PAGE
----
If there’s a lingering question as I pull back into pitlane, it’s how, if at all, the Porsche Torque Vectoring system and mechanical rear differential lock standard in the manual RWD models drives differently to the PTV Plus and electronically controlled diff design exclusive to those PDK equipped.

Moving from track to road, I climb out of what I consider the most desirable GTS into the least, which is the Targa 4 GTS.

The difference? Bar the signature curved rear glass, weight is a hefty 1605kg though acceleration, Porsche claims, is an identical 3.7sec for 0-100km/h. Meanwhile, top speed is only 306km/h. If there’s another notable spec disparity, it’s that the Targa (and the Cabriolets) get Porsche Active Suspension Management while the version of the same for Coupes has a ‘sport’ suffix, which is 10mm lower and, presumably, sportier in tune.

Threading vertical rock face and a cliff drop into the ocean, driving on the wrong side of the car, doesn’t allow a pace with which to compare the nuanced differences in weight, drive configuration, dynamic smarts or, truth be told, the basic suspension tune. But the overbearing message the Targa 4 GTS is sending through is that it’s closer in feel and character to the rear-driven Coupe than I’d expected.

The possibly more pliant ride quality still maintains the fidgety rippling effect of any 911 variant you can name: it permeates up through your spine and nibbles away at the steering wheel. It is a sense of true connection to the road, and while I’m sure Porsche could engineer it out of the 911 equation, you’d lose an essential, if arguably unrefined, trait of the breed.

On the move, self-shifting in Normal or Sport, the PDK calibration is nothing short of superb. It’s so smooth, so clever at nipping up and down the ratios, seemingly never leaving you short-changed on instantaneous drive or pulling too many rpm with unwanted fuss.

As the road winds up into the mountains, the Targa 4 GTS can also pile on pace, retard speed, and hook through corners without breaking its own sweat and with the minimum of driving inputs. The extra weight and all-wheel drive might affect the bristling edges of driving enjoyment – maybe – if only by mere shades. It’s more potent, alive and downright quicker than I was realistically expecting.

It’s not all gushing plaudits, though. The 911 GTS range coincided with a South African drive of the new second-generation Panamera, an utterly and entirely different animal, and where the younger, recently made-over five-door grand tourer trumps the two-door sports car by a fair margin is in interior design. That is, interior design outside of core layout, which remains mostly brilliant, and driver ergonomics that are simply world leading.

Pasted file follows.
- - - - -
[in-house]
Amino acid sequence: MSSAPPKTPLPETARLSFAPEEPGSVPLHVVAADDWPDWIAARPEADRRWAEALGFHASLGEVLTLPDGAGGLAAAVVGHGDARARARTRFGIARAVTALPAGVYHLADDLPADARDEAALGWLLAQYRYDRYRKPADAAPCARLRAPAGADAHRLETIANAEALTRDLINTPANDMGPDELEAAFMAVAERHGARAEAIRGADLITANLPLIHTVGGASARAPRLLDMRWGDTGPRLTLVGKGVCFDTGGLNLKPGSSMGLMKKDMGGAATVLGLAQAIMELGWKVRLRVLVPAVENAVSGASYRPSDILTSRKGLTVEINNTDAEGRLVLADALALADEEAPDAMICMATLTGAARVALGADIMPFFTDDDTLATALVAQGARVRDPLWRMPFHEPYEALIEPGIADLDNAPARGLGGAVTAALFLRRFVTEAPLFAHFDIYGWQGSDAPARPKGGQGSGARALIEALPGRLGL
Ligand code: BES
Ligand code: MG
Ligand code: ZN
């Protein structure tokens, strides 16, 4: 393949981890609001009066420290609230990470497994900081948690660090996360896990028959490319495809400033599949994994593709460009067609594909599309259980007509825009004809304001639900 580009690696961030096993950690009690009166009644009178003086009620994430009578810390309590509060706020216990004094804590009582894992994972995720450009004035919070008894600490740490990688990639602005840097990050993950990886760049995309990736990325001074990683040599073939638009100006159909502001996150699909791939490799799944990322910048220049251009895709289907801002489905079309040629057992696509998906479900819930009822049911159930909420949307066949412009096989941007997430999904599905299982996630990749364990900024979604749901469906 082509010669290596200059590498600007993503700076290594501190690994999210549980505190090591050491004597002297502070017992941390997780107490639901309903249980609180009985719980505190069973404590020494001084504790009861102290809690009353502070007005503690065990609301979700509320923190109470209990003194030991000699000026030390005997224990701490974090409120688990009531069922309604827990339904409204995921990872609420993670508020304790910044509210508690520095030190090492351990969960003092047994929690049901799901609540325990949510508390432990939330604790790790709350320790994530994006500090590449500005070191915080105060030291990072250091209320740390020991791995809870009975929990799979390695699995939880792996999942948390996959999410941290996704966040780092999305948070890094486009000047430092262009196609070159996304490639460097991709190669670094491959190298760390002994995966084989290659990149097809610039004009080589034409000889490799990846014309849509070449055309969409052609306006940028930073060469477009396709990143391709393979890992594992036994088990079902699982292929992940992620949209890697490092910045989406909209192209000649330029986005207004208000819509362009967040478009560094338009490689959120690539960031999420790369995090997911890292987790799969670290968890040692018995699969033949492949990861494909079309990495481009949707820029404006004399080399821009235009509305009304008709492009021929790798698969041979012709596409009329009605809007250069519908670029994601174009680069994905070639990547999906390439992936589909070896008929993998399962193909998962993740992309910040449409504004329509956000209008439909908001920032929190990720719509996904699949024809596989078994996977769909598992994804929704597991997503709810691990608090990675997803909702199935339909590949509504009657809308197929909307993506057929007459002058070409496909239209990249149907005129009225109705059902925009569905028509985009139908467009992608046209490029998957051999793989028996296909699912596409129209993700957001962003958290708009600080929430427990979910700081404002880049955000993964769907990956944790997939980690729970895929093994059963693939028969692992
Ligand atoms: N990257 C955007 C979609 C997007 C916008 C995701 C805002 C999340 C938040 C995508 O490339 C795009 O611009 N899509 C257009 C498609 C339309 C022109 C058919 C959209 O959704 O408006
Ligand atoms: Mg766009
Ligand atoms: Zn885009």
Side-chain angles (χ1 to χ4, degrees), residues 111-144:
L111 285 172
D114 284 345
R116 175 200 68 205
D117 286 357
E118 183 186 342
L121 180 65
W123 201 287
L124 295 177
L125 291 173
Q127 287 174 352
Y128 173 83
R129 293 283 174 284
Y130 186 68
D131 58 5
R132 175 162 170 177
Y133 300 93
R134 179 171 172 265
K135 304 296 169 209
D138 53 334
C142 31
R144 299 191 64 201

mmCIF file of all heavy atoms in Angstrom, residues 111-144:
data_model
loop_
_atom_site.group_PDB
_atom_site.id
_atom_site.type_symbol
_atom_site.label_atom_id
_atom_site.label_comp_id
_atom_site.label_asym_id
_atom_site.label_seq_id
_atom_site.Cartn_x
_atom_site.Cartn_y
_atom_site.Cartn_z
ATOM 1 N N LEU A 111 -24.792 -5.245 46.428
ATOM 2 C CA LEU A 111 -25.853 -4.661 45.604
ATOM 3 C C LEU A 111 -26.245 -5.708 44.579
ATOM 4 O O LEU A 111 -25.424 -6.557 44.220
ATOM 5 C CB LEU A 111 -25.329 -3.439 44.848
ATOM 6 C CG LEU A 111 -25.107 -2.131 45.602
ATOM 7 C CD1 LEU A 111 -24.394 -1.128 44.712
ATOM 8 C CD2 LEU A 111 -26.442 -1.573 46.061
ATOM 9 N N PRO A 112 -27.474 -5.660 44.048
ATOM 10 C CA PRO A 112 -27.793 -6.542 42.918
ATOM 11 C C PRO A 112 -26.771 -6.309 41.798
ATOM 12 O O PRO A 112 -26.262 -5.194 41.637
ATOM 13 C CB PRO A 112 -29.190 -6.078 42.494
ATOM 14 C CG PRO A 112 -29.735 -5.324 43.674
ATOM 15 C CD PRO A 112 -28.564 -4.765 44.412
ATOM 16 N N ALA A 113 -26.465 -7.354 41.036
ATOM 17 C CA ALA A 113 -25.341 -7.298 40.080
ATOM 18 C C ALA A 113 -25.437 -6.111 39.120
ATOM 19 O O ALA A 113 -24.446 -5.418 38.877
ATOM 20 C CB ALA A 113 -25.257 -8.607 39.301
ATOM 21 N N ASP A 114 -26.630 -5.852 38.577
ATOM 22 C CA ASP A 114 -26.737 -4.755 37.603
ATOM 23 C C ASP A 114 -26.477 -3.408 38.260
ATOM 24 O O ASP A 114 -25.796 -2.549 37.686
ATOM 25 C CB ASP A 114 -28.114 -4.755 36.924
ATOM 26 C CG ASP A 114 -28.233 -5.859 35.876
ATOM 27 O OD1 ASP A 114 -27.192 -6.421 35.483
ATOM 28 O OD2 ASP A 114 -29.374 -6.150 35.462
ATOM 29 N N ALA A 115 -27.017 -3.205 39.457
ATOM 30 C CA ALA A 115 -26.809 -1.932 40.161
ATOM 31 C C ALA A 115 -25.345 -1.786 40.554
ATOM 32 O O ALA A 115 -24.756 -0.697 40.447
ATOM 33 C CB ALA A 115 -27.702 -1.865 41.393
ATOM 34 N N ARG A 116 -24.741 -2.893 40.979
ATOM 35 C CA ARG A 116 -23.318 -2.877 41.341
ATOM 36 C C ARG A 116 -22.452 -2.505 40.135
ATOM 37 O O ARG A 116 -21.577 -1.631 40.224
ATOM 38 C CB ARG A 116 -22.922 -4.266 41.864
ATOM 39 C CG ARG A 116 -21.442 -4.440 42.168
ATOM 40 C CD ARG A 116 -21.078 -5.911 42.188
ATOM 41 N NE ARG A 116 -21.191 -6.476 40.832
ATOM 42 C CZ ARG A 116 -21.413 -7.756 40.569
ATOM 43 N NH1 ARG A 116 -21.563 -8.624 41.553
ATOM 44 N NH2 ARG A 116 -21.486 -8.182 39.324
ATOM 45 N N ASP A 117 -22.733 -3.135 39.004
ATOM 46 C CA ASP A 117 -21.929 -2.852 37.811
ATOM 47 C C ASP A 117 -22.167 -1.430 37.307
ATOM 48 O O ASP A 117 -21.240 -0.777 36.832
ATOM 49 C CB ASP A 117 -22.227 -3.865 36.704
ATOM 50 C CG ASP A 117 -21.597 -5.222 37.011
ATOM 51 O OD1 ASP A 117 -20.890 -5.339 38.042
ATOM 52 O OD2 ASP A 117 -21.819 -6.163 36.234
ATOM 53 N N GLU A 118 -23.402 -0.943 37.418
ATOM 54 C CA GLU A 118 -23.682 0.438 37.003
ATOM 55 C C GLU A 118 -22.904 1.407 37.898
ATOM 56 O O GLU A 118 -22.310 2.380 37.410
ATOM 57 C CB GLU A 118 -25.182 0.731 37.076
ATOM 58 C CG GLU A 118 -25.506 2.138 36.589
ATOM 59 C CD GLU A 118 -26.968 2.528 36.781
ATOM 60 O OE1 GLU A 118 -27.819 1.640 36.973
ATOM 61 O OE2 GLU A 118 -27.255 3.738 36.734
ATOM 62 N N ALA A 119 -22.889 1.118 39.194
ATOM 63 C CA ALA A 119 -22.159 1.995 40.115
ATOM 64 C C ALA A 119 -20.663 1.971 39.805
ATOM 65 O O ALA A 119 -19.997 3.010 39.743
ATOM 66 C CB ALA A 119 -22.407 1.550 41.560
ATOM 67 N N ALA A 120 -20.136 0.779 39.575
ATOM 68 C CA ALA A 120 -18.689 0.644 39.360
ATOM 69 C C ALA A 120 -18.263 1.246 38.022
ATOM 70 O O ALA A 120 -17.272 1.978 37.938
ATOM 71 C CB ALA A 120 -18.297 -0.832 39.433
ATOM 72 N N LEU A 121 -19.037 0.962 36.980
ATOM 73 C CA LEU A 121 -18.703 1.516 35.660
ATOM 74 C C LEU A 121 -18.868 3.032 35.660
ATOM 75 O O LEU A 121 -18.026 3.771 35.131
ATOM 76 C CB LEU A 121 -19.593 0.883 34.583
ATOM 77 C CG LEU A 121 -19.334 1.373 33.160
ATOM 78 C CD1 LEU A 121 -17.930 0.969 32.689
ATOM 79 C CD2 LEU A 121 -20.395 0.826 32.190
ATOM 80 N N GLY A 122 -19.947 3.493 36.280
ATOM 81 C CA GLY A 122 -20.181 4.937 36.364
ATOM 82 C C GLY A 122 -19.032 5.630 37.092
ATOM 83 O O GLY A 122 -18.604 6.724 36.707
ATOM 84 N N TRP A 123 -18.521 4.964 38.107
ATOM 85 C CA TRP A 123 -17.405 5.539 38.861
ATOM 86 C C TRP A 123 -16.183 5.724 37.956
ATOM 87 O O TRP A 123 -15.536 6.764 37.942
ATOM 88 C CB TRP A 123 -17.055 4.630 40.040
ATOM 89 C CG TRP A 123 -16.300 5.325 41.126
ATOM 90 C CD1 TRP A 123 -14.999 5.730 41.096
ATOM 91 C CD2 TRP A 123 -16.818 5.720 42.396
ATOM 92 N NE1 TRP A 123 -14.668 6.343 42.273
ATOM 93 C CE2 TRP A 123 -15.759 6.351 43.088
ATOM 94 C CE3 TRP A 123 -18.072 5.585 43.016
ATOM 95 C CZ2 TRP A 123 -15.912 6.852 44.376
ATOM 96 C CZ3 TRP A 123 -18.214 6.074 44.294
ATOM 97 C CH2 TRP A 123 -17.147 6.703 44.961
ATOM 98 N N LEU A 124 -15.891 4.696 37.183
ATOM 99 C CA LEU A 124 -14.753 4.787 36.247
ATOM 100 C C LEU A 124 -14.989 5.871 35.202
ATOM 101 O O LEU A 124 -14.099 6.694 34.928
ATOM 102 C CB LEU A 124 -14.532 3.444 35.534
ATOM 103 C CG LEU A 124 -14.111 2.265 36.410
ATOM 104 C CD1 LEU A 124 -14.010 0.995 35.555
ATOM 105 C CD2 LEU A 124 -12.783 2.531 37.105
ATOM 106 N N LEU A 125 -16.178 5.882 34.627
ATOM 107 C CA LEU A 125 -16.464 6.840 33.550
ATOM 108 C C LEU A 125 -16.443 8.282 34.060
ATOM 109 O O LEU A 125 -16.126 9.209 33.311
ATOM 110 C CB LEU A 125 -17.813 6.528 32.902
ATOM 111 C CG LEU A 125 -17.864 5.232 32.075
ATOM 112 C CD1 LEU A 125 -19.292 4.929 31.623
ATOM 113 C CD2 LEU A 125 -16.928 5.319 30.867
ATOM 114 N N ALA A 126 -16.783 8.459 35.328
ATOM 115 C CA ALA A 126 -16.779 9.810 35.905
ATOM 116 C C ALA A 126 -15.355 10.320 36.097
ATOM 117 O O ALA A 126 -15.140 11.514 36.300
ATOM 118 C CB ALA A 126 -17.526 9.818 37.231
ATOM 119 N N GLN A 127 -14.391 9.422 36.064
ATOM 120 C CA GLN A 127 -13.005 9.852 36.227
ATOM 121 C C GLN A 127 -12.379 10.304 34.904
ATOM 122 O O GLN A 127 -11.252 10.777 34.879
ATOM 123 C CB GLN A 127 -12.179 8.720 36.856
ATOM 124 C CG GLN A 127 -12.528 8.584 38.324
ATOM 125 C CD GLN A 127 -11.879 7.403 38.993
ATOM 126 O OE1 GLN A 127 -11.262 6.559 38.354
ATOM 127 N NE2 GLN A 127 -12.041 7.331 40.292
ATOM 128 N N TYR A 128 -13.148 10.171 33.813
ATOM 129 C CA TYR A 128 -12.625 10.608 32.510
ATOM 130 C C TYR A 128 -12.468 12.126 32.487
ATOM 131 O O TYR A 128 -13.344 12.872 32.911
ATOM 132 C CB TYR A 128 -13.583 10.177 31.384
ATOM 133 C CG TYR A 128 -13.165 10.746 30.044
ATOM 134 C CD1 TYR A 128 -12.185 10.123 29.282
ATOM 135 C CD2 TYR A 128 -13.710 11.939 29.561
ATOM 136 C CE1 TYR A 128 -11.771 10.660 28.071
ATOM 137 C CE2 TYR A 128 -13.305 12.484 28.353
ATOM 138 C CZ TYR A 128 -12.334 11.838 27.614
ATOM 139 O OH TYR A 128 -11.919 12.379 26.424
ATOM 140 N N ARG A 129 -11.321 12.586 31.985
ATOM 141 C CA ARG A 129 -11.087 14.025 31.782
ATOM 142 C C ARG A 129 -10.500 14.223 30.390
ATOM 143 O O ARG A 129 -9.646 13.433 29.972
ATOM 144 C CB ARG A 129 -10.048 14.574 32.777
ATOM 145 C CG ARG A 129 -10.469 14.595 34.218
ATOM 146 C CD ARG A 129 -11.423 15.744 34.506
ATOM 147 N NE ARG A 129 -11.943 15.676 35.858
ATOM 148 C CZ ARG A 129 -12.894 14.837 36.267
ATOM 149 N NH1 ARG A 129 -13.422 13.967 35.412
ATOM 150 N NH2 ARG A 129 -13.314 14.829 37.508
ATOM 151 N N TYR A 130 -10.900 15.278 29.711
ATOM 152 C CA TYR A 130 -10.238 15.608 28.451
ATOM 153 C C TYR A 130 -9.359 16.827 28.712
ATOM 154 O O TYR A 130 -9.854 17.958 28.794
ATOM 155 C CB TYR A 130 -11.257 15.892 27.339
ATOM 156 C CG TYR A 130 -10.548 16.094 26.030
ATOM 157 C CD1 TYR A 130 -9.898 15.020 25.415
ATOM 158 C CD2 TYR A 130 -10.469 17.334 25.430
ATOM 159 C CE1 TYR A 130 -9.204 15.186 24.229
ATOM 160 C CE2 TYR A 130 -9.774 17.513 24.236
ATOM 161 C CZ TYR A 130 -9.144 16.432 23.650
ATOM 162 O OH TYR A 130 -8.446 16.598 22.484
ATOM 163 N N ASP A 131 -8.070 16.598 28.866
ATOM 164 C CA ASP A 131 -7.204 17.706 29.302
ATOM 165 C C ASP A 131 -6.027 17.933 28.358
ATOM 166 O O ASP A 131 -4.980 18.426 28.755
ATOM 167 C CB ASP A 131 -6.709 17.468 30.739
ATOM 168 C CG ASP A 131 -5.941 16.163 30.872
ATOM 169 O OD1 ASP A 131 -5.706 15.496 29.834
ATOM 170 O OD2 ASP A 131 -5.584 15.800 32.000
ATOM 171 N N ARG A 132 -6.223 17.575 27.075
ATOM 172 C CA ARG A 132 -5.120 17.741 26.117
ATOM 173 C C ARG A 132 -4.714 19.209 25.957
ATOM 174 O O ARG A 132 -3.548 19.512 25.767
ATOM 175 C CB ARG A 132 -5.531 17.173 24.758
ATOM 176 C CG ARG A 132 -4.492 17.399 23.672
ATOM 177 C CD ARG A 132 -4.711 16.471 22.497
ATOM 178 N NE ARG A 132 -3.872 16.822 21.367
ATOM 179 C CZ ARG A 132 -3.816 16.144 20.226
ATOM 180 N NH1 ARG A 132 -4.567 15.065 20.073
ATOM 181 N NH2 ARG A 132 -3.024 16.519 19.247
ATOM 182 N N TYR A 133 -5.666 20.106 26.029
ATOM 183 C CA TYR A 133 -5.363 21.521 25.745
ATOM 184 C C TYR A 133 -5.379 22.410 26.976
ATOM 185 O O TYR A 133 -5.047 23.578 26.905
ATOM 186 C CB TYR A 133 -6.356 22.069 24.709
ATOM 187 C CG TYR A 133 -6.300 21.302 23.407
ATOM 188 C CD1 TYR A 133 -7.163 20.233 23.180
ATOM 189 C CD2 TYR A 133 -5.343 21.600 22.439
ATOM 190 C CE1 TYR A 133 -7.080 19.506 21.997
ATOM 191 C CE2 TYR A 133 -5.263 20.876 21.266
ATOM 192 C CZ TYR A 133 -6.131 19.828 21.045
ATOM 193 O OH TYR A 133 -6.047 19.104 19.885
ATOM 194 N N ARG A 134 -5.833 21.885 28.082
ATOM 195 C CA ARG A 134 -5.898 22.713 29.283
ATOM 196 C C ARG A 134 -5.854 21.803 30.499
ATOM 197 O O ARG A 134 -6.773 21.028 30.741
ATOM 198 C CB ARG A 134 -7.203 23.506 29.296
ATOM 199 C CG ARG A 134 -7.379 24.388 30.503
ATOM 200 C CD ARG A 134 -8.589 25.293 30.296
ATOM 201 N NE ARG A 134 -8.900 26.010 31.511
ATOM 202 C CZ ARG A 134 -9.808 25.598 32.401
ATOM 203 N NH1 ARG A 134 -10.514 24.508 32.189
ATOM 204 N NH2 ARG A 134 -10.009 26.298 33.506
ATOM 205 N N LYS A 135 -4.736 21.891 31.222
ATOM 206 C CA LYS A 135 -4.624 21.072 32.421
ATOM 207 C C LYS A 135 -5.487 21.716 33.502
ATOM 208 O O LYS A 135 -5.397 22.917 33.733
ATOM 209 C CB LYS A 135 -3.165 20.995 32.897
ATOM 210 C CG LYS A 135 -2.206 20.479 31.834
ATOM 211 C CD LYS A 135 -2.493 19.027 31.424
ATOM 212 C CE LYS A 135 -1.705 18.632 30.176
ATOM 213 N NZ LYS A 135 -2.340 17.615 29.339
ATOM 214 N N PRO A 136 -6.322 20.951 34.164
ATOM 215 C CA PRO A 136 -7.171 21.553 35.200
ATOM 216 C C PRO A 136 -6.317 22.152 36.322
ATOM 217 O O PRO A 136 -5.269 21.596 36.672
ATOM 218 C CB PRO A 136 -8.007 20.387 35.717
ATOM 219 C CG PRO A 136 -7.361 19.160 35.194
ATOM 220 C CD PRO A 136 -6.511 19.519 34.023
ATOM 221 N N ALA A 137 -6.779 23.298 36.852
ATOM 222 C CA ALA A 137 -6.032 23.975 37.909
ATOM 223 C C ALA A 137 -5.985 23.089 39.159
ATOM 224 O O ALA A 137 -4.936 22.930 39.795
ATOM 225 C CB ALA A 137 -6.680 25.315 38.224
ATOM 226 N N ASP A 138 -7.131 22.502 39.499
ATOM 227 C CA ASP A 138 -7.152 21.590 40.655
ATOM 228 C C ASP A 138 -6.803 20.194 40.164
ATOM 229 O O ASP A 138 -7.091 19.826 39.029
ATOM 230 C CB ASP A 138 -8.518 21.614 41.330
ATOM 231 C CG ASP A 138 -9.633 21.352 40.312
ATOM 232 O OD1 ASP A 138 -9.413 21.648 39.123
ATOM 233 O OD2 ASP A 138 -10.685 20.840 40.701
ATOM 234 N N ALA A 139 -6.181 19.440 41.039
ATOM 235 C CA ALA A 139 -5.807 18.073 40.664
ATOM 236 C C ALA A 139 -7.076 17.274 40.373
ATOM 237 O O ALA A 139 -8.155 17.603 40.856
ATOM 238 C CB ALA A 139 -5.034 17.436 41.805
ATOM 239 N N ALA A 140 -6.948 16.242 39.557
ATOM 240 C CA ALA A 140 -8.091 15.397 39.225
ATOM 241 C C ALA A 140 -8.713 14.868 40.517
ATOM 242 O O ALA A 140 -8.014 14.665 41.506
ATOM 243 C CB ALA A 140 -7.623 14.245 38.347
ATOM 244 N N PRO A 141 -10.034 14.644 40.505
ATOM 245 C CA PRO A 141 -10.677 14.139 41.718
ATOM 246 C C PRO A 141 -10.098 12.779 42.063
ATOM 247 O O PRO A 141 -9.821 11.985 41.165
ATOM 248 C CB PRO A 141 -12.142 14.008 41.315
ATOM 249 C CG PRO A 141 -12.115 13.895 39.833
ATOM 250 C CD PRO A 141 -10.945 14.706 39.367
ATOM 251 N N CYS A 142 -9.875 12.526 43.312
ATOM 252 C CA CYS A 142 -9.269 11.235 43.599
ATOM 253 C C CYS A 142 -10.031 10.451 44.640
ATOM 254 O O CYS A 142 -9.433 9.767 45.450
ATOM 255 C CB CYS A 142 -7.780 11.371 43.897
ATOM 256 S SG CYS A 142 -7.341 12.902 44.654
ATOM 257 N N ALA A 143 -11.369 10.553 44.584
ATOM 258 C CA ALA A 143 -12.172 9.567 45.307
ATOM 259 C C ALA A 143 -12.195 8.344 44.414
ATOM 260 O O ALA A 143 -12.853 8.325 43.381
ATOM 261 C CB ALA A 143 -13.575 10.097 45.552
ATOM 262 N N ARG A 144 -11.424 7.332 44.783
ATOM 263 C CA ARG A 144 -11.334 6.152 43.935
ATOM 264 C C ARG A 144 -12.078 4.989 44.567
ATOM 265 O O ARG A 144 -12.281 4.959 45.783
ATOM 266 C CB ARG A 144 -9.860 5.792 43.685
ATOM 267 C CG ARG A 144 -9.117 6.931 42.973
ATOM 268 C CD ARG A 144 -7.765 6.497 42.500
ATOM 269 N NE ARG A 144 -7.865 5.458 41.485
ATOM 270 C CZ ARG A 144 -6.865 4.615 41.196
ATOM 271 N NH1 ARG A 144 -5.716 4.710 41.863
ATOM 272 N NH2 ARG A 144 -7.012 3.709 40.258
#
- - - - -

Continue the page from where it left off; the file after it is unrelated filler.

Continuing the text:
The GTS cabin is barely any different to other 911 versions and they’re all increasingly showing their age. The seat centres and steering wheel are now dipped in Alcantara, which suits the vibe perfectly, but bar some decorative stitching and a smattering of GTS logos little separates this, the priciest GTS ($323,990), and the most basic 911 Carrera ($217,500).

The button-laden centre console and almost rudimentary infotainment system functions quickly and recognises handwritten inputs, but it looks and feels old hat against the slick, modern minimalism of a Panamera.

Similarly, the great feeling steering wheel is festooned with buttons and the wheel-mounted manettino-style drive mode dial looks and feels cheap and plasitcky. That said, there’s is a very nifty Porsche Track Precision App integrated into the seven-inch touchscreen system, allowing all manner of downloadable telemetry-based racetrack information to your smartphone.

Value is such a fluid concept when applied to a range as broadly encompassing as the 911, where there’s so much choice and there’s something for nearly everyone who wants a piece of the iconic nameplate. For instance, Sport Chrono and launch control is standard – fine if you want or use it – though all-wheel steering, which is optional and enhances both handling and manoeuvring, might suit other buyers better.

From a broader perspective, if it’s simply the wide-body effect you’re after, you can have a more basic 911 package with plus-sized waistline in the regular Carrera 4 Coupe and save a bomb staying out of GTS territory. But as I discover, the GTS is certainly a different enough experience to warrant its premium. Point is, within the 911 universe, the GTS seems right on the money.

For what ingredients and effect it adds to the 911 format, there’s a lot to like about this latest GTS recipe. It manages to avoid coming across as an overpriced and overloaded Carrera and a Turbo-lite all at once, and is satisfyingly better than the sum of its parts.